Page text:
We have the pleasure of having Saara-Maria Jurva (University of Eastern Finland) studying with us at Newman for a couple of months while she completes her doctoral research into “The Cognitive-Emotive Function of Renarrated Biblical Stories in the Letter to the Hebrews.”
Saara-Maria is an ordained priest with the Evangelical Lutheran Church of Finland and completed her MTh at the University of Helsinki in 2009.
We are really pleased to announce that she will be leading a seminar on her work at Newman University on Monday 24th October at 15.00 – 16.30. If you would like to attend and for more information, please contact firstname.lastname@example.org.
The sun is at last shining. Most of the undergraduates have dispersed leaving the library and atrium feeling strangely empty and rather lonely. However, the campus is far from quiet. Major building work is underway; buildings are cordoned off, the chapel stands gutted and open to the elements, and the sound of heavy plant machinery fills the hot summer air. All this tells us that the spring/summer semester has now drawn to a close and this affords me a brief respite in time to give you a round up of news about the centre for the year so far – and a very busy year it has been!
In case you missed anything, here is the centre’s news of 2016 (to date)… Continue reading →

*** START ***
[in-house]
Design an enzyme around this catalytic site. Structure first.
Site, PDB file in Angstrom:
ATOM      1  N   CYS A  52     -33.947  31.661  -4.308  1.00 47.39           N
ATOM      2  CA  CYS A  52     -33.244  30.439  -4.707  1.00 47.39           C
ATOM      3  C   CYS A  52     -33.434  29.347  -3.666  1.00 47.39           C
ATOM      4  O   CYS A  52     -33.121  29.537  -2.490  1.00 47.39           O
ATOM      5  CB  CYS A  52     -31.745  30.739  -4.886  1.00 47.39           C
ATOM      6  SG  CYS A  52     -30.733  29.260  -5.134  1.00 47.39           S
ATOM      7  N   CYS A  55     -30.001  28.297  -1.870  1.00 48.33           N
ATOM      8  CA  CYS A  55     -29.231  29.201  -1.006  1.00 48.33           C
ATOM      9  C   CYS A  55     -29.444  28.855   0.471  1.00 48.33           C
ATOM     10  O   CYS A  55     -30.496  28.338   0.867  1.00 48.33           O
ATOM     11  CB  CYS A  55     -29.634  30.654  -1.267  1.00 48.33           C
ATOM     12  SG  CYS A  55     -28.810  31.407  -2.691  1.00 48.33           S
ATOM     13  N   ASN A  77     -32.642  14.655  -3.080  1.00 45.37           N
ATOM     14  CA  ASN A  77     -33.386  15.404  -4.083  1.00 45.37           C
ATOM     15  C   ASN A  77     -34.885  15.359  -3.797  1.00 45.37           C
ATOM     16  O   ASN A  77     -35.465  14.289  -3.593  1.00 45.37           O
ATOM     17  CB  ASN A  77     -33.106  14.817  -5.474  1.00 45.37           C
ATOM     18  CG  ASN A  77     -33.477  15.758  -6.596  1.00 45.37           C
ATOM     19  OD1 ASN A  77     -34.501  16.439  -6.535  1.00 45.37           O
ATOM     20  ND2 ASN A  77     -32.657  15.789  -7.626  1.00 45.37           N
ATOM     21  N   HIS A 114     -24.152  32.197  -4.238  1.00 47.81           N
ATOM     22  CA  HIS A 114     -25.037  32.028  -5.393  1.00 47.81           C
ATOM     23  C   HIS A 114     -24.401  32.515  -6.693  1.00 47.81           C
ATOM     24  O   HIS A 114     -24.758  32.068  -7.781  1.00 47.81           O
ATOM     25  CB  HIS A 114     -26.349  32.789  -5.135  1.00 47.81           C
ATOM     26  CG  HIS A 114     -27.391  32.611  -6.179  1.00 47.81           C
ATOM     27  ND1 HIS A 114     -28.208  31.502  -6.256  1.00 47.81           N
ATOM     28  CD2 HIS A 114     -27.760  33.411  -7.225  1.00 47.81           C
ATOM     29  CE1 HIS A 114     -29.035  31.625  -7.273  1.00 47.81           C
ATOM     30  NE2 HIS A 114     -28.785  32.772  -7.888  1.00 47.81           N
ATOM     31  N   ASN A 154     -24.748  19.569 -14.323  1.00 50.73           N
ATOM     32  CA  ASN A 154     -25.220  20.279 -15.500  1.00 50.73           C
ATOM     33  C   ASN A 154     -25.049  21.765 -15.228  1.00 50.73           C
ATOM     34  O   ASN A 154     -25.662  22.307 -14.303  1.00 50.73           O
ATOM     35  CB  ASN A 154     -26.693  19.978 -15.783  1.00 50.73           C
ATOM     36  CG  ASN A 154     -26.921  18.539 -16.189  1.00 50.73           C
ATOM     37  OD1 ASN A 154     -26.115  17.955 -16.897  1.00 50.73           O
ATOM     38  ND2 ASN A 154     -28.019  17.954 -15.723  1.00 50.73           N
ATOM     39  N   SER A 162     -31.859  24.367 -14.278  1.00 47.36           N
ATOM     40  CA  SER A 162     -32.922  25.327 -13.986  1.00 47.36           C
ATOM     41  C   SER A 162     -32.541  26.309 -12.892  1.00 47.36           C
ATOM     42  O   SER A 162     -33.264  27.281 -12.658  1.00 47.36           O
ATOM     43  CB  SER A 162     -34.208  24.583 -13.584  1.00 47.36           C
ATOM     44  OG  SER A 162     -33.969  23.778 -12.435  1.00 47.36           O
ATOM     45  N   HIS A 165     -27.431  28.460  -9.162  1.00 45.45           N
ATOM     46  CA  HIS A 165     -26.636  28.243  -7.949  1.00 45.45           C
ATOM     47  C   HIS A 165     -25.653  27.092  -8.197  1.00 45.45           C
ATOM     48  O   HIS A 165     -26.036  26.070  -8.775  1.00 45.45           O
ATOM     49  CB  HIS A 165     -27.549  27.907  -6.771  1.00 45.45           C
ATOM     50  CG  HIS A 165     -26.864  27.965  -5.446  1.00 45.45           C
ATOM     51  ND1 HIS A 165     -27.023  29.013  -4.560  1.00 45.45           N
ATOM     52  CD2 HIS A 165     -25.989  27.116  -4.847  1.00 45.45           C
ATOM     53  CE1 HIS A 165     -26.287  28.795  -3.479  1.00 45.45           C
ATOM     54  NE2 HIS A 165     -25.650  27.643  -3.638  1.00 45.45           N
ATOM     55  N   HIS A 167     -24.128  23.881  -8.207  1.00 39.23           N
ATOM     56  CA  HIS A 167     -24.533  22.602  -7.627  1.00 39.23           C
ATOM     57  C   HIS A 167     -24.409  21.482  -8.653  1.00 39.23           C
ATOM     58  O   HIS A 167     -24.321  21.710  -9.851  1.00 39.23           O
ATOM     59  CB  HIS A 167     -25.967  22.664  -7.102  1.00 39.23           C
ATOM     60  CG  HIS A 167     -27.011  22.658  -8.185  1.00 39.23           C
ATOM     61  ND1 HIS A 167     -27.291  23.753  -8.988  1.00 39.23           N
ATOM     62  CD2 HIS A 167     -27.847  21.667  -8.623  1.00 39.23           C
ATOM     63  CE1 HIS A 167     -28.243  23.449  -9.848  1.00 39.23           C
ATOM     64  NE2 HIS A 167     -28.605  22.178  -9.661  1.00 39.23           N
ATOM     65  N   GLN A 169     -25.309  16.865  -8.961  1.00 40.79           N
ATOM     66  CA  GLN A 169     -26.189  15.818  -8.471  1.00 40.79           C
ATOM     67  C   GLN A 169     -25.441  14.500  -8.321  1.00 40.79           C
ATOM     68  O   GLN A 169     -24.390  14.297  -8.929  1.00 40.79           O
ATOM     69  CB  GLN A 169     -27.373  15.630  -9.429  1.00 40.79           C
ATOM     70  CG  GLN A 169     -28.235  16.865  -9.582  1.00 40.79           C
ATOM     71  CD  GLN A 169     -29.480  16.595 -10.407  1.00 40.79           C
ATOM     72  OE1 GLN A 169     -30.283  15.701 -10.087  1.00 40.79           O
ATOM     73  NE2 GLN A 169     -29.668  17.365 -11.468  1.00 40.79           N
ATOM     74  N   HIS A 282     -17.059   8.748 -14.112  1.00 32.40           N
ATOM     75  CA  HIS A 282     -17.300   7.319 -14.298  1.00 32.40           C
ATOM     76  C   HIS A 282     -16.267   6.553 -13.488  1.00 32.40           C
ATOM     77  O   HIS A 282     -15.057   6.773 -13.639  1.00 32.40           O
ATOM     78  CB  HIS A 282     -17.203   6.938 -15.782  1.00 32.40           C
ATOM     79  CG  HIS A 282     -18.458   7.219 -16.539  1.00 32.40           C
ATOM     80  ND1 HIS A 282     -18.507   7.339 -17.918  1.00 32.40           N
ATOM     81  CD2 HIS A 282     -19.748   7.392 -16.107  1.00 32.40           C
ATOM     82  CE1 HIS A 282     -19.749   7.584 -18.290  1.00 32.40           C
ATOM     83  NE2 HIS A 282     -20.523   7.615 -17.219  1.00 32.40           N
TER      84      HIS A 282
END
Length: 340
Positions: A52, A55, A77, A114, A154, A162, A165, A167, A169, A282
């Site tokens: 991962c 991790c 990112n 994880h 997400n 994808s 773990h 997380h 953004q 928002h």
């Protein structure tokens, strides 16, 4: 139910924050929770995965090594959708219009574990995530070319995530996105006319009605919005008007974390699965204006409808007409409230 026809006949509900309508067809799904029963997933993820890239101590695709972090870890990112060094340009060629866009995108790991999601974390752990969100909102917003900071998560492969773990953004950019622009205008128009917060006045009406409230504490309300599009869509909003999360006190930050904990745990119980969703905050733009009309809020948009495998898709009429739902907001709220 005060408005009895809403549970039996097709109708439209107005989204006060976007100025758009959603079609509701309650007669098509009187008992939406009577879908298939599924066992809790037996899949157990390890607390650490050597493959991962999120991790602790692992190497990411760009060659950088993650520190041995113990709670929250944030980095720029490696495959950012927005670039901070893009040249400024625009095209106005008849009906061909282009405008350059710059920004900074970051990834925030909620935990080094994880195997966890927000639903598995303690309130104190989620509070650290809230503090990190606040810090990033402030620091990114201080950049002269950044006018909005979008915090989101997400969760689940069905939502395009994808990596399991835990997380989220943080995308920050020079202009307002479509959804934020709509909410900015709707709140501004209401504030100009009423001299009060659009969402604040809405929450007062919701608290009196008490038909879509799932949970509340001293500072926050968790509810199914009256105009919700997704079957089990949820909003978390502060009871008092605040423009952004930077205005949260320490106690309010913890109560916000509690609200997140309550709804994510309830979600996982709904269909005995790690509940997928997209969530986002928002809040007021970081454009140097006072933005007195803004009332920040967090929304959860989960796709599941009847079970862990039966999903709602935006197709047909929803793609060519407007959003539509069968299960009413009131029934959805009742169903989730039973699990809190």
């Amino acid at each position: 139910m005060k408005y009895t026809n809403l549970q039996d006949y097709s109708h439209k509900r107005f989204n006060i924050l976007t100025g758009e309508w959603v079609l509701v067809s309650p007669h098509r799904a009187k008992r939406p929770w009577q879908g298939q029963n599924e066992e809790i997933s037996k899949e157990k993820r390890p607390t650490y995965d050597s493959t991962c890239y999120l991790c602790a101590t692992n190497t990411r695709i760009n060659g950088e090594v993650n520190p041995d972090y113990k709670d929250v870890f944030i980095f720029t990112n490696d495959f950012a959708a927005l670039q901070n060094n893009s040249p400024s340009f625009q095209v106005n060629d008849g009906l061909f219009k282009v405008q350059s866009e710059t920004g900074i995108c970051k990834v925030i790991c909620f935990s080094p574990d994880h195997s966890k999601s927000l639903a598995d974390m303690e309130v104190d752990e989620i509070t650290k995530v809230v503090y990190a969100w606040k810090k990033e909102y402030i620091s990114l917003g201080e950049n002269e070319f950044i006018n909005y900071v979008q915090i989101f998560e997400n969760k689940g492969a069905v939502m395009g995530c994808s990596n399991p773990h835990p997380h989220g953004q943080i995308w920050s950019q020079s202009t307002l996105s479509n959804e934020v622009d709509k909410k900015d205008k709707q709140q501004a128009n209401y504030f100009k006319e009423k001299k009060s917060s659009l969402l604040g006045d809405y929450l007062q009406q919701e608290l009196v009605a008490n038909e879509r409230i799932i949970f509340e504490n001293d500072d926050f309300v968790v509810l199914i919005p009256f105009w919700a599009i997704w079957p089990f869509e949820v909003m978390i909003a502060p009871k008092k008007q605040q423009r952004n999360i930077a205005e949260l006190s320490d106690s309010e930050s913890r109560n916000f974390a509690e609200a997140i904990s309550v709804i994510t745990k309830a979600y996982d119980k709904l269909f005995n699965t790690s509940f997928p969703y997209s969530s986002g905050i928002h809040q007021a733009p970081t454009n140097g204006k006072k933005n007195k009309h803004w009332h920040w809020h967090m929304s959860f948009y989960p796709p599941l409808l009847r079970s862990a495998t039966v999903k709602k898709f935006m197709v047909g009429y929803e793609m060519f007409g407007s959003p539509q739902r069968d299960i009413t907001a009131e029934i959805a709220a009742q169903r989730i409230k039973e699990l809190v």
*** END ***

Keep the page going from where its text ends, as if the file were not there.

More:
Most readers of the New Testament are familiar with the idea that Paul used the Hebrew scriptures (Old Testament). However, they might be more surprised to realise that he also makes frequent use of a range of Jewish religious writings that are not included in the Hebrew Bible (sometimes referred to as ‘apocryphal’). Which apocryphal book did he use the most and which of his letters reflect the influence of this group of writings?
This summer has been darkened by the catastrophic events surrounding the thousands of refugees attempting to find asylum in Europe. The release of images of the tiny body of 3 year old Aylan Kurdi lying face down on the shoreline has galvanised opinion and, more than that, helped to put a human face on the events.
Many Christian groups have been responding for some time to this crisis and recently their voicesare coming to thefore. A lot of my friends and associates on social media have also been adding their voice and, as one might expect, biblical texts are being widely quoted. But what is the biblical perspective?
Is it possible to make a truly biblical response to the images that we see?Continue reading →
David McLoughlin’s sessions are always a highlight and at this year’s NRCBR conference it was no exception. David’s re-reading of Luke’s parable of the persistent widow (sometimes referred to as ‘the corrupt/unjust judge’) in Luke 18:1-8 exemplifies David’s engaging style and his ability to look at familiar texts with fresh eyes (video and text below).
Understanding this parable can be quite a tricky task and David took us through the more traditional reading, pointing out some of the difficulties that attend it. After challenging its (rather un-Lukan) acceptance of the status quo, he then places it within its historical and literary context to explore a much more radical underlying message. A message that even challenges us (the hearers) to reconsider what we understand as the nature of prayer. Continue reading →